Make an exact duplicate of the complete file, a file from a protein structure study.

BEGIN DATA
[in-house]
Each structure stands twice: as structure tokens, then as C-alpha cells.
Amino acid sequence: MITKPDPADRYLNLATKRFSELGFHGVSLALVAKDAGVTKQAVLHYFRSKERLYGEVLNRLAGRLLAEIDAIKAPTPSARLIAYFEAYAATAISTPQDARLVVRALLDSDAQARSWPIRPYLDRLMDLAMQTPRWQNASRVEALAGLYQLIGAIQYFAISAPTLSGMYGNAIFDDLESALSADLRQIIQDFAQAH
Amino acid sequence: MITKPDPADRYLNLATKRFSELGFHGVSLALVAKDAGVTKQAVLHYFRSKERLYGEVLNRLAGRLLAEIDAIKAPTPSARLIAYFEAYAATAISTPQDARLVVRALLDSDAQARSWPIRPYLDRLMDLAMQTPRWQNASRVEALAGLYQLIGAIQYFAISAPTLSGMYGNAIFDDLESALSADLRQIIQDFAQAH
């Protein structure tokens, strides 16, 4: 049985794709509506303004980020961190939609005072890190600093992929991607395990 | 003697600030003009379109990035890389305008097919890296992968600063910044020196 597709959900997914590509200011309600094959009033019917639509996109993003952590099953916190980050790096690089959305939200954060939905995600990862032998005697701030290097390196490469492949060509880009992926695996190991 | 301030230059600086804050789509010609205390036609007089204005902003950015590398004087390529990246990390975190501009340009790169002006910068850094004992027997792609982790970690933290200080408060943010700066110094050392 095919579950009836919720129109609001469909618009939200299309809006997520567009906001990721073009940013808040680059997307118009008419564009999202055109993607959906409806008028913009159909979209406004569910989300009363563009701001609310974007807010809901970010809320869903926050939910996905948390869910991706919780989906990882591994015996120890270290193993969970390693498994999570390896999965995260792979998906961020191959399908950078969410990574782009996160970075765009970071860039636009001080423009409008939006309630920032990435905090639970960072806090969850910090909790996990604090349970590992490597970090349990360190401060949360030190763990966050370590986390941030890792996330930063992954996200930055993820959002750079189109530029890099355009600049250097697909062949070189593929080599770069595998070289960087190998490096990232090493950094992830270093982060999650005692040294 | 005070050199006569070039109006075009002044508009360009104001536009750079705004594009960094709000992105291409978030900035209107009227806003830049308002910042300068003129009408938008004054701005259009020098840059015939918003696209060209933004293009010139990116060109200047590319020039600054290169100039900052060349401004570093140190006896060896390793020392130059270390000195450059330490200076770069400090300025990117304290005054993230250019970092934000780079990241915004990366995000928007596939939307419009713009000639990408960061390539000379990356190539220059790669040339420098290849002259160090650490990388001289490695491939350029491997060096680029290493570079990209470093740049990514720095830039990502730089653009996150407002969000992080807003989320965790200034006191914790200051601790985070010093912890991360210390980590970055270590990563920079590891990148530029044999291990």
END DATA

[in-house]
Each structure stands twice: as structure tokens, then as C-alpha cells.
Amino acid sequence: MITKPDPADRYLNLATKRFSELGFHGVSLALVAKDAGVTKQAVLHYFRSKERLYGEVLNRLAGRLLAEIDAIKAPTPSARLIAYFEAYAATAISTPQDARLVVRALLDSDAQARSWPIRPYLDRLMDLAMQTPRWQNASRVEALAGLYQLIGAIQYFAISAPTLSGMYGNAIFDDLESALSADLRQIIQDFAQAH
Amino acid sequence: MITKPDPADRYLNLATKRFSELGFHGVSLALVAKDAGVTKQAVLHYFRSKERLYGEVLNRLAGRLLAEIDAIKAPTPSARLIAYFEAYAATAISTPQDARLVVRALLDSDAQARSWPIRPYLDRLMDLAMQTPRWQNASRVEALAGLYQLIGAIQYFAISAPTLSGMYGNAIFDDLESALSADLRQIIQDFAQAH
């Protein structure tokens, strides 16, 4: 049985794709509506303004980020961190939609005072890190600093992929991607395990 | 003697600030003009379109990035890389305008097919890296992968600063910044020196 597709959900997914590509200011309600094959009033019917639509996109993003952590099953916190980050790096690089959305939200954060939905995600990862032998005697701030290097390196490469492949060509880009992926695996190991 | 301030230059600086804050789509010609205390036609007089204005902003950015590398004087390529990246990390975190501009340009790169002006910068850094004992027997792609982790970690933290200080408060943010700066110094050392 095919579950009836919720129109609001469909618009939200299309809006997520567009906001990721073009940013808040680059997307118009008419564009999202055109993607959906409806008028913009159909979209406004569910989300009363563009701001609310974007807010809901970010809320869903926050939910996905948390869910991706919780989906990882591994015996120890270290193993969970390693498994999570390896999965995260792979998906961020191959399908950078969410990574782009996160970075765009970071860039636009001080423009409008939006309630920032990435905090639970960072806090969850910090909790996990604090349970590992490597970090349990360190401060949360030190763990966050370590986390941030890792996330930063992954996200930055993820959002750079189109530029890099355009600049250097697909062949070189593929080599770069595998070289960087190998490096990232090493950094992830270093982060999650005692040294 | 005070050199006569070039109006075009002044508009360009104001536009750079705004594009960094709000992105291409978030900035209107009227806003830049308002910042300068003129009408938008004054701005259009020098840059015939918003696209060209933004293009010139990116060109200047590319020039600054290169100039900052060349401004570093140190006896060896390793020392130059270390000195450059330490200076770069400090300025990117304290005054993230250019970092934000780079990241915004990366995000928007596939939307419009713009000639990408960061390539000379990356190539220059790669040339420098290849002259160090650490990388001289490695491939350029491997060096680029290493570079990209470093740049990514720095830039990502730089653009996150407002969000992080807003989320965790200034006191914790200051601790985070010093912890991360210390980590970055270590990563920079590891990148530029044999291990």